If you’re in the field of oncology, you’ve likely heard of Dr. Jean-Simon Diallo, an internationally recognized scientist with expertise in biochemistry, molecular biology, cancer therapeutics and viral immunology.
Diallo is also the scientific founder and CEO of Ottawa-based company Virica Biotech, which helps companies manufacture viral medicines.
Founded in 2018, the company draws on a decade of Diallo’s research at the Ottawa Hospital Research Institute, where he investigated new therapies for cancer treatment using viruses. To increase the yield of anti-cancer viral medications, he invented a technology called “viral sensitizers.”
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As might be expected, Diallo grew up with a love of science. His mom, a hematology laboratory technician, introduced him to biology at an early age. “Mentorship from parents and teachers had a big role to play here,” Diallo says.
When his high school days wrapped up, Diallo chose the University of Ottawa for his undergraduate studies. While life took him out of Ottawa for a while, he eventually moved back to the city when his wife got a job with the federal government.
Around that time, Diallo decided to pursue post-doctoral studies with Dr. John Bell, also a well-known scientist and life sciences entrepreneur in Ottawa’s oncolytic virus space.
Together, Bell and Diallo began infecting cancer cells with viruses. “(It) may sound crazy, but it’s actually a pretty fascinating thing,” Diallo says. “(Healthy cells) make a deal with the devil and become cancerous cells and that actually makes them very sensitive to infection most of the time.”
Diallo developed a screening approach to test thousands of different molecules, looking at their ability to improve the virus’s infection rate of cancer cells. These molecules would eventually become Virica Biotech’s proprietary viral sensitizers.
“We were actually the first to do that in the world,” Diallo says.
He explains that viral sensitizers “boost” the ability of viruses to grow. In turn, the viruses kill the cancerous cells they infect.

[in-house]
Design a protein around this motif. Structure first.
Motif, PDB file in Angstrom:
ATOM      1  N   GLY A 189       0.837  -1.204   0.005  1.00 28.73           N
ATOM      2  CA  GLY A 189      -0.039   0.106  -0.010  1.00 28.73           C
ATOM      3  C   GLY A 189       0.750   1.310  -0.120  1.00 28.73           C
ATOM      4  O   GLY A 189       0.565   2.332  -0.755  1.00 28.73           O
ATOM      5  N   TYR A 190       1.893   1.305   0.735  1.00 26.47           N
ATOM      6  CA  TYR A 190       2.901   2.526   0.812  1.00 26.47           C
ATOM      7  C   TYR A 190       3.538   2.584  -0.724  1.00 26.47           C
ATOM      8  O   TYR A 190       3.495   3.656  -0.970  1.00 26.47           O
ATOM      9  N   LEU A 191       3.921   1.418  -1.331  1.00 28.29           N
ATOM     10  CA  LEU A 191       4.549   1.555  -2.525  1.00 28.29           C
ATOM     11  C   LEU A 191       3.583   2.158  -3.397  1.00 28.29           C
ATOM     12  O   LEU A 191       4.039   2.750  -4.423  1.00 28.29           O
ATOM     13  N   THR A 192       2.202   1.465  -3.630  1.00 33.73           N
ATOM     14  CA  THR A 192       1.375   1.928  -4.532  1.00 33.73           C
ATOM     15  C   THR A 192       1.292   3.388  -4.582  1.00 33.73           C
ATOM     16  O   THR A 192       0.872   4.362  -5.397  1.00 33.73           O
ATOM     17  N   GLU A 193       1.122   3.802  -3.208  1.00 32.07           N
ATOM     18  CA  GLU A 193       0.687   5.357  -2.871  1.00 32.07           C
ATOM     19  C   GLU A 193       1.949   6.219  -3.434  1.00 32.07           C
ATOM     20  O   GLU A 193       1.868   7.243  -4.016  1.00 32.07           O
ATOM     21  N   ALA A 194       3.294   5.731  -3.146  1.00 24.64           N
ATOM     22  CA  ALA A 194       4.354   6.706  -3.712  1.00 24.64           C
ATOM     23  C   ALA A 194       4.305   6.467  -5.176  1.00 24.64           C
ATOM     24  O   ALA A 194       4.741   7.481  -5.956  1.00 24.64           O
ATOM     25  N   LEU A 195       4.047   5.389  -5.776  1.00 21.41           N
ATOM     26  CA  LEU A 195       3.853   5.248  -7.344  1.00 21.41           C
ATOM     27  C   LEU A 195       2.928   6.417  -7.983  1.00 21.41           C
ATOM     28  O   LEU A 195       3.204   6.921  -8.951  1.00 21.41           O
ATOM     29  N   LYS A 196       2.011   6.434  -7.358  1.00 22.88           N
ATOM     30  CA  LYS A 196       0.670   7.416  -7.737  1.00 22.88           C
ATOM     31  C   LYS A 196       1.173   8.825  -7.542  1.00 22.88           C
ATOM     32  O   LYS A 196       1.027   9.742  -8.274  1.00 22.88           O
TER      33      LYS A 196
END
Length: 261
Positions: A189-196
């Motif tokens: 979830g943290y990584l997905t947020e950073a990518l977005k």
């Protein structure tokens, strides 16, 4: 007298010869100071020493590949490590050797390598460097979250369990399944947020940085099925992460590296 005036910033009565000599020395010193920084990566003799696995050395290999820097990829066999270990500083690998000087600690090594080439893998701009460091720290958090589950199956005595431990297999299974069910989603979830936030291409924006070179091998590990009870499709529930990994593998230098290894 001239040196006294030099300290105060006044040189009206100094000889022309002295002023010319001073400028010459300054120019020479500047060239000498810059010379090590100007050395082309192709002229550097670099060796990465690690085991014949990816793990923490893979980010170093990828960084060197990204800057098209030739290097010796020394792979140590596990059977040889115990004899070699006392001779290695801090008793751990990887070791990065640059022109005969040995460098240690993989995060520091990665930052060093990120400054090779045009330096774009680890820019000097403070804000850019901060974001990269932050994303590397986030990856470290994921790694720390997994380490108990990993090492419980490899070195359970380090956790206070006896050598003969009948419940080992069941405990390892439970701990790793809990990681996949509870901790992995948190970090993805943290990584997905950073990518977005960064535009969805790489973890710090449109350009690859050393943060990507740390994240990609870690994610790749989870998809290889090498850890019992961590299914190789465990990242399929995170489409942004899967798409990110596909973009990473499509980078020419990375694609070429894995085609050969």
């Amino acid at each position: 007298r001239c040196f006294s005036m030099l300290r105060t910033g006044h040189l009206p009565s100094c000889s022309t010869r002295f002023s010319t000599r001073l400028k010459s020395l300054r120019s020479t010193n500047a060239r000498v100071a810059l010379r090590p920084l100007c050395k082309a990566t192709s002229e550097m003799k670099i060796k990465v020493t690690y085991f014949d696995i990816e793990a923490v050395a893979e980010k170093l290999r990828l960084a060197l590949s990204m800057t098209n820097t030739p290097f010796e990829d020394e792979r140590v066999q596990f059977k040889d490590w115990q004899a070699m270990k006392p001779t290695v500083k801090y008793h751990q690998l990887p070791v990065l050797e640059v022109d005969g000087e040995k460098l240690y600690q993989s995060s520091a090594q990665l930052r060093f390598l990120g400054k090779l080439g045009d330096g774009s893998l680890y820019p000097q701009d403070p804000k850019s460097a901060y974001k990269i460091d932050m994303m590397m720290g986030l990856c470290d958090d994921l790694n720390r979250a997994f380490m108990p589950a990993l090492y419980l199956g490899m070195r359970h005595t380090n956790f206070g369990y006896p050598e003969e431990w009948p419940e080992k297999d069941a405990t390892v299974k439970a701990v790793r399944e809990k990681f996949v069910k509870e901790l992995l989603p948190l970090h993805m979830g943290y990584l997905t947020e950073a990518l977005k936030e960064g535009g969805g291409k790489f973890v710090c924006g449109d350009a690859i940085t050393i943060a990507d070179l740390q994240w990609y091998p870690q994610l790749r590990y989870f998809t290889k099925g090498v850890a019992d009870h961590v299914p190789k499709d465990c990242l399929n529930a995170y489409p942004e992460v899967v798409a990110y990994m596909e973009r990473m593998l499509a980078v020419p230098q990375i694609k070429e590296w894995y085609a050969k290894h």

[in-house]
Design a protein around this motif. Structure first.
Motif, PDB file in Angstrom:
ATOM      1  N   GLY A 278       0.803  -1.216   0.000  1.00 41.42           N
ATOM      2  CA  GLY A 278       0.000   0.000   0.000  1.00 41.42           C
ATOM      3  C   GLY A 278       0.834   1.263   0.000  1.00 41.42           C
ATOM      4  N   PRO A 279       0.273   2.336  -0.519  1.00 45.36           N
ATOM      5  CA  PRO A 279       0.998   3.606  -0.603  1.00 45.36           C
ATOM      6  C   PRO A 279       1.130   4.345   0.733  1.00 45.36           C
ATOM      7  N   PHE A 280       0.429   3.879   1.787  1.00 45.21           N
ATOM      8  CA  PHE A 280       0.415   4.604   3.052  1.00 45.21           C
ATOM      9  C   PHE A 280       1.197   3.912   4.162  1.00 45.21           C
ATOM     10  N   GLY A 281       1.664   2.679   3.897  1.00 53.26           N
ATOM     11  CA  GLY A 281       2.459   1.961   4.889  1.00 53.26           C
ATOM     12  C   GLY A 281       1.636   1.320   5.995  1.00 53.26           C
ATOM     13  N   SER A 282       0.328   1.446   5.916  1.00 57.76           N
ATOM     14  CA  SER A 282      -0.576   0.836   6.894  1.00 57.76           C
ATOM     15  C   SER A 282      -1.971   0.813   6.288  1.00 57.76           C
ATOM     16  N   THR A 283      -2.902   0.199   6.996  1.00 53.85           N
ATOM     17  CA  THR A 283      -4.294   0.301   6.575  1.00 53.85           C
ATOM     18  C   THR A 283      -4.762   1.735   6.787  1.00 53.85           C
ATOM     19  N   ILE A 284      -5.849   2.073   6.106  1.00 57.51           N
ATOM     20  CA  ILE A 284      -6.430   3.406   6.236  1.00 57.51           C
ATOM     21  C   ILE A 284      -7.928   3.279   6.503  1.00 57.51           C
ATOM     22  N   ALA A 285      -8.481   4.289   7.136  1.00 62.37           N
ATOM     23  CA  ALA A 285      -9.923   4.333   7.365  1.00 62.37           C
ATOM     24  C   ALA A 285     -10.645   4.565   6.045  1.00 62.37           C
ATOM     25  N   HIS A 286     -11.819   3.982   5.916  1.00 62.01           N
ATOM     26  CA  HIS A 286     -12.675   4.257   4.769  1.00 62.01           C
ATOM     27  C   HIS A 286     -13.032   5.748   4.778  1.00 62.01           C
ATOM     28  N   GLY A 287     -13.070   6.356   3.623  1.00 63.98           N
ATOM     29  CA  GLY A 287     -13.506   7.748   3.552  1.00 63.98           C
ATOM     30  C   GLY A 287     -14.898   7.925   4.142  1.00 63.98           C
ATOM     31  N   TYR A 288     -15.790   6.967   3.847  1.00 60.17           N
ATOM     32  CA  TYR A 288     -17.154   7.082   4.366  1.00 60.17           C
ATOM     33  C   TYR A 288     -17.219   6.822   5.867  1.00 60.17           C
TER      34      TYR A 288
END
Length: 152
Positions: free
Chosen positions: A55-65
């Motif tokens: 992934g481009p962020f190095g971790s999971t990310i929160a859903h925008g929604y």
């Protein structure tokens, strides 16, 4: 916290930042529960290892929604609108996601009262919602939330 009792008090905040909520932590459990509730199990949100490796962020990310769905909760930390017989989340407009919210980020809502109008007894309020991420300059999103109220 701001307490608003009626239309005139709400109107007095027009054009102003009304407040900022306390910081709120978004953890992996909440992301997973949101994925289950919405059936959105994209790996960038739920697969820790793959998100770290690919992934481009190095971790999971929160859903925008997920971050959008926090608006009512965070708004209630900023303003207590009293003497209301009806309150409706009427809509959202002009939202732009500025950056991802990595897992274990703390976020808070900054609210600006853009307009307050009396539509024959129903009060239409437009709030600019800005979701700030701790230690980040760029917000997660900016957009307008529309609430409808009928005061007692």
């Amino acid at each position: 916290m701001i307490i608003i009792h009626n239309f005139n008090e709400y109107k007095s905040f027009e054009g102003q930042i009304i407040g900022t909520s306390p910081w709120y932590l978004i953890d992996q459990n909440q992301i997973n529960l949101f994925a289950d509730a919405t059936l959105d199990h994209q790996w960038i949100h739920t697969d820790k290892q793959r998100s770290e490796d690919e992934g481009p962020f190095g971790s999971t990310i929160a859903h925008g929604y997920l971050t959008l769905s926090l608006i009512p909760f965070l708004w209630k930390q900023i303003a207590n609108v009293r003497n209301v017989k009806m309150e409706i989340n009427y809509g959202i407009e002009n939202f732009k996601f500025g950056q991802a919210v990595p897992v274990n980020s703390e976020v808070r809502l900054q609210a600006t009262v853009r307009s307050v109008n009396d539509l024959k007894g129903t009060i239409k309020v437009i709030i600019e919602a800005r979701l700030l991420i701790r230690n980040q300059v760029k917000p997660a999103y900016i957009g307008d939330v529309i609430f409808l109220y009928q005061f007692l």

While the treatment doesn’t work for every cancer patient, the discovery was a big step forward in cancer therapies, especially in 2007. “We were maybe a little bit ahead of our game, because viruses to treat cancer were not actually (seen as) a real therapeutic at the time,” Diallo says.
In 2009, the swine flu pandemic hit and Canada began running into vaccine shortages. Diallo realized his viral sensitizers could be used by other companies that were manufacturing vaccines. Where swine flu vaccines were producing a yield threefold lower than expected, Diallo’s viral sensitizers could boost the growth of anti-cancer viruses more than one thousandfold.
By 2012, Diallo had started his own lab at The Ottawa Hospital Research Institute. Ten years after that, he and his co-founders officially launched Virica Biotech, which today serves over 50 clients.
The company is currently raising series-B financing. “That’s going very well,” he says. “We’ve had very good response in the market, despite the economy being what it is.”
Diallo says that finding investors was one of the biggest challenges he and his team came across when growing the business. “There are a lot of angel (investors) in Ottawa, but most of them are in the tech space,” he says.
Last week, the company announced that it had landed a $790,000 grant from the Ontario Together Fund, which finances programs aimed at finding solutions to pandemic-related challenges.
Diallo says that finding a wet lab that can handle chemicals and biological matter was another challenge. In 2021, the University of Ottawa Heart Institute opened its facilities for Virica Biotech. However, the company is expanding quickly and looking for a new space to grow.
“I’m super appreciative of (the heart institute),” Diallo says. “That’s what universities and other institutions need to do, to foster innovation and startups in the city, especially on the biotech side.”
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